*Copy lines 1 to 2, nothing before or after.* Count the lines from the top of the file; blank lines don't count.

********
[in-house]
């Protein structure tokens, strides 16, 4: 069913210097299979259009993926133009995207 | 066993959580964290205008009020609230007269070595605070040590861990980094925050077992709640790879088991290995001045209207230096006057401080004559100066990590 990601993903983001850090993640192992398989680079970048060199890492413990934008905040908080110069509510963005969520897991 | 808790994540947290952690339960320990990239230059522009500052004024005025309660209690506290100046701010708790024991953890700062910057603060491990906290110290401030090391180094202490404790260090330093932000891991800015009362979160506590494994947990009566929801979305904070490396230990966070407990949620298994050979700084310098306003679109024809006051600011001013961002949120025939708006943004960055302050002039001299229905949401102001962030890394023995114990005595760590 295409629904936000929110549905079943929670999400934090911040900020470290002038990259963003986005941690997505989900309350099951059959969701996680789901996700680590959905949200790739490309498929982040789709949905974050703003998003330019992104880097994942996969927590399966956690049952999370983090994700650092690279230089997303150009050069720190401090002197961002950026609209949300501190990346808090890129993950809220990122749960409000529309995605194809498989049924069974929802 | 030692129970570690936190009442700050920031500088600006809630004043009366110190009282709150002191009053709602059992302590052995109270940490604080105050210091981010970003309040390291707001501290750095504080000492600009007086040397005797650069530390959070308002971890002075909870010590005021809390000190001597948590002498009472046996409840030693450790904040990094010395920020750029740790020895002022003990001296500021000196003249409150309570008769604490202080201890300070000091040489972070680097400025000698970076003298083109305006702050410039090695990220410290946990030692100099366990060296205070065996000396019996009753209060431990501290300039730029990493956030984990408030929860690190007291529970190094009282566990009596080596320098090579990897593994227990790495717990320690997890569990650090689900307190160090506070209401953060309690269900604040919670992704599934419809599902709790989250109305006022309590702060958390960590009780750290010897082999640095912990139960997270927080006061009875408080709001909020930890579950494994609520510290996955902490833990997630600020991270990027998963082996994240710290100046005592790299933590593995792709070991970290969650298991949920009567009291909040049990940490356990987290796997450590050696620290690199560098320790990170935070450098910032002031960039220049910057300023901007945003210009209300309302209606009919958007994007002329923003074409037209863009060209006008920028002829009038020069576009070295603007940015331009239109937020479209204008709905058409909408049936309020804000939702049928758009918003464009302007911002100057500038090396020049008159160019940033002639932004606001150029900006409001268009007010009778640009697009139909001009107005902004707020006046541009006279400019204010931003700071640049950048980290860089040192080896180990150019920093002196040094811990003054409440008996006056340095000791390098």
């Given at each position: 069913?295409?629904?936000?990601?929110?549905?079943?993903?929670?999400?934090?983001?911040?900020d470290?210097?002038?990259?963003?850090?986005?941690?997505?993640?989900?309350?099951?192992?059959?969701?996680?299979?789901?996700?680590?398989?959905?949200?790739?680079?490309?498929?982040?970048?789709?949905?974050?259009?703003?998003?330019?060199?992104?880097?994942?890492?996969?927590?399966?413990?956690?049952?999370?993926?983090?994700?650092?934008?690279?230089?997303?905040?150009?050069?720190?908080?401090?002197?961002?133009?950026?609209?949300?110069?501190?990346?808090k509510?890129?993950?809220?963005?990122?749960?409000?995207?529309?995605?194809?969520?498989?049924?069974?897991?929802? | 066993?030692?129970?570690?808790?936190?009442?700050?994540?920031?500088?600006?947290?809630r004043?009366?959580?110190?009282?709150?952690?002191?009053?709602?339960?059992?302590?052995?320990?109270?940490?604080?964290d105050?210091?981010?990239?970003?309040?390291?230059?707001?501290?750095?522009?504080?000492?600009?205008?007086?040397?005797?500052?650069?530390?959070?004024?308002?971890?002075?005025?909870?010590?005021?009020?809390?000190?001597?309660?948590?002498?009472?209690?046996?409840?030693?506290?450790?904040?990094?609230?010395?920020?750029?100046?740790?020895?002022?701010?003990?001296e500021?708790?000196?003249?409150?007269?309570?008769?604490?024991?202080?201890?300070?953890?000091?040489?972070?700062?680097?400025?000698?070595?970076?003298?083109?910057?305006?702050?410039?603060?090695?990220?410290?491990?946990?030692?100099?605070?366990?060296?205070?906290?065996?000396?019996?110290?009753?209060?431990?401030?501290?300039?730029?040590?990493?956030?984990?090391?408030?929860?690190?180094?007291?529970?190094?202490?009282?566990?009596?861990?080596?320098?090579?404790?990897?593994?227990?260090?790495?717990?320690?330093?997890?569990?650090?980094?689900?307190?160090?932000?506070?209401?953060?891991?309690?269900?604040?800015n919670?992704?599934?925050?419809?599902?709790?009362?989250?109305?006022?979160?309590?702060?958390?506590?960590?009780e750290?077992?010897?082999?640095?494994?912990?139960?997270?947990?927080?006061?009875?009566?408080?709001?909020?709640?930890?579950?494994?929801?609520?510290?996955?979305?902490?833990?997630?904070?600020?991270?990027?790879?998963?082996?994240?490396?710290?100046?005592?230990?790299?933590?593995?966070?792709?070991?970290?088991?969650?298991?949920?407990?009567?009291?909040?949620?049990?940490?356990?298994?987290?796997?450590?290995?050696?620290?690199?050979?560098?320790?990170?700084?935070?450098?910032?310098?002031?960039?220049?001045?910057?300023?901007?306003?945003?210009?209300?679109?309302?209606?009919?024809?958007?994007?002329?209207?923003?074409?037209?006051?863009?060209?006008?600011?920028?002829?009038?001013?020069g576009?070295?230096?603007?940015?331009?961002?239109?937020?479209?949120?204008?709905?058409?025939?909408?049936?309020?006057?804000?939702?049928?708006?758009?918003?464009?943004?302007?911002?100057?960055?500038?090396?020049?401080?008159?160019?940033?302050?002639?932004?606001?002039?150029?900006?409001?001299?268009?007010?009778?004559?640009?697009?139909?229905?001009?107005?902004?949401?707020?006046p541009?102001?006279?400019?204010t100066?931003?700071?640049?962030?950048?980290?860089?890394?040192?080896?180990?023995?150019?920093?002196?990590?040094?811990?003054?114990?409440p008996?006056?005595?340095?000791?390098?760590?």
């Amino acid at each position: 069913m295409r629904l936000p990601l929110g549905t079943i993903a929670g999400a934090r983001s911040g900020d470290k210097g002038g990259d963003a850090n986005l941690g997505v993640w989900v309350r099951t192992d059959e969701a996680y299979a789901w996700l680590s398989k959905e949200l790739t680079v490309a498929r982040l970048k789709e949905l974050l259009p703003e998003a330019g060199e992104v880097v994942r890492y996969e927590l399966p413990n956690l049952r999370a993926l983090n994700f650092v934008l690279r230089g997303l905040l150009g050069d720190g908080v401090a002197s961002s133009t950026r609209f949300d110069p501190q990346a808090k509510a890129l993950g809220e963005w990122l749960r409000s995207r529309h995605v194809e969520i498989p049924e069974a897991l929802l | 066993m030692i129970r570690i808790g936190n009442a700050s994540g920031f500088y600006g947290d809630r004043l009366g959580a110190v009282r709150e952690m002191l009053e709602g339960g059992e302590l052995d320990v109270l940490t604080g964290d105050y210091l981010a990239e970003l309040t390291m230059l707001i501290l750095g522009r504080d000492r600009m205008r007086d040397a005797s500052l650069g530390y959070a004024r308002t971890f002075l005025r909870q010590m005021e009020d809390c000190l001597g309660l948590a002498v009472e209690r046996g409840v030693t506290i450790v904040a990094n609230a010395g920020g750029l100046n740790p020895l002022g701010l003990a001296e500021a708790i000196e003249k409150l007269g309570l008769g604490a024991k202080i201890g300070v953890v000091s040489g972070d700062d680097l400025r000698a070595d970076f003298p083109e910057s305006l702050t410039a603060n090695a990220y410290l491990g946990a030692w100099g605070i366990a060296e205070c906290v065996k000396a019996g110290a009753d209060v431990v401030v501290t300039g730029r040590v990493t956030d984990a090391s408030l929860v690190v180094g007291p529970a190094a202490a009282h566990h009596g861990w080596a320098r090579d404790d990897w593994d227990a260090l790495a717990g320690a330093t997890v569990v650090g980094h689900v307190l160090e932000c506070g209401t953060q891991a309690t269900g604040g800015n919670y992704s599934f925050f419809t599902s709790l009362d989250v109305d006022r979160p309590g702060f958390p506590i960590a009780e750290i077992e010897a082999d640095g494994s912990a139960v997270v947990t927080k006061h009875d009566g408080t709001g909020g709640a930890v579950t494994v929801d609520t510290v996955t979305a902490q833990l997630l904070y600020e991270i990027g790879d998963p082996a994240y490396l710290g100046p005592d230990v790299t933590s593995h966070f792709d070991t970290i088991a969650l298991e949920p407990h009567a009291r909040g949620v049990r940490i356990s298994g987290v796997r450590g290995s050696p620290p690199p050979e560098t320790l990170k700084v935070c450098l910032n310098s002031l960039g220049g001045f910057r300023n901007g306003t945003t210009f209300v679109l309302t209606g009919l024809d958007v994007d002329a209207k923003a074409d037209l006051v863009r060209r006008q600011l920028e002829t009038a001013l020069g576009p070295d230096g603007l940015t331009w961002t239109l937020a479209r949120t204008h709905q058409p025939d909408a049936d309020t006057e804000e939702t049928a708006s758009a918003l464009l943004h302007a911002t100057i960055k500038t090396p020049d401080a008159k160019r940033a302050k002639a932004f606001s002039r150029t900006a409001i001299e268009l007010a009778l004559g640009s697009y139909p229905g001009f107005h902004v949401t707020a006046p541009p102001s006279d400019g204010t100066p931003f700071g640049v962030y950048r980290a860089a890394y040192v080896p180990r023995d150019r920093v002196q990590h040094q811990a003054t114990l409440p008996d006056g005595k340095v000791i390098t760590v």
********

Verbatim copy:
[in-house]
């Protein structure tokens, strides 16, 4: 069913210097299979259009993926133009995207 | 066993959580964290205008009020609230007269070595605070040590861990980094925050077992709640790879088991290995001045209207230096006057401080004559100066990590 990601993903983001850090993640192992398989680079970048060199890492413990934008905040908080110069509510963005969520897991 | 808790994540947290952690339960320990990239230059522009500052004024005025309660209690506290100046701010708790024991953890700062910057603060491990906290110290401030090391180094202490404790260090330093932000891991800015009362979160506590494994947990009566929801979305904070490396230990966070407990949620298994050979700084310098306003679109024809006051600011001013961002949120025939708006943004960055302050002039001299229905949401102001962030890394023995114990005595760590 295409629904936000929110549905079943929670999400934090911040900020470290002038990259963003986005941690997505989900309350099951059959969701996680789901996700680590959905949200790739490309498929982040789709949905974050703003998003330019992104880097994942996969927590399966956690049952999370983090994700650092690279230089997303150009050069720190401090002197961002950026609209949300501190990346808090890129993950809220990122749960409000529309995605194809498989049924069974929802 | 030692129970570690936190009442700050920031500088600006809630004043009366110190009282709150002191009053709602059992302590052995109270940490604080105050210091981010970003309040390291707001501290750095504080000492600009007086040397005797650069530390959070308002971890002075909870010590005021809390000190001597948590002498009472046996409840030693450790904040990094010395920020750029740790020895002022003990001296500021000196003249409150309570008769604490202080201890300070000091040489972070680097400025000698970076003298083109305006702050410039090695990220410290946990030692100099366990060296205070065996000396019996009753209060431990501290300039730029990493956030984990408030929860690190007291529970190094009282566990009596080596320098090579990897593994227990790495717990320690997890569990650090689900307190160090506070209401953060309690269900604040919670992704599934419809599902709790989250109305006022309590702060958390960590009780750290010897082999640095912990139960997270927080006061009875408080709001909020930890579950494994609520510290996955902490833990997630600020991270990027998963082996994240710290100046005592790299933590593995792709070991970290969650298991949920009567009291909040049990940490356990987290796997450590050696620290690199560098320790990170935070450098910032002031960039220049910057300023901007945003210009209300309302209606009919958007994007002329923003074409037209863009060209006008920028002829009038020069576009070295603007940015331009239109937020479209204008709905058409909408049936309020804000939702049928758009918003464009302007911002100057500038090396020049008159160019940033002639932004606001150029900006409001268009007010009778640009697009139909001009107005902004707020006046541009006279400019204010931003700071640049950048980290860089040192080896180990150019920093002196040094811990003054409440008996006056340095000791390098």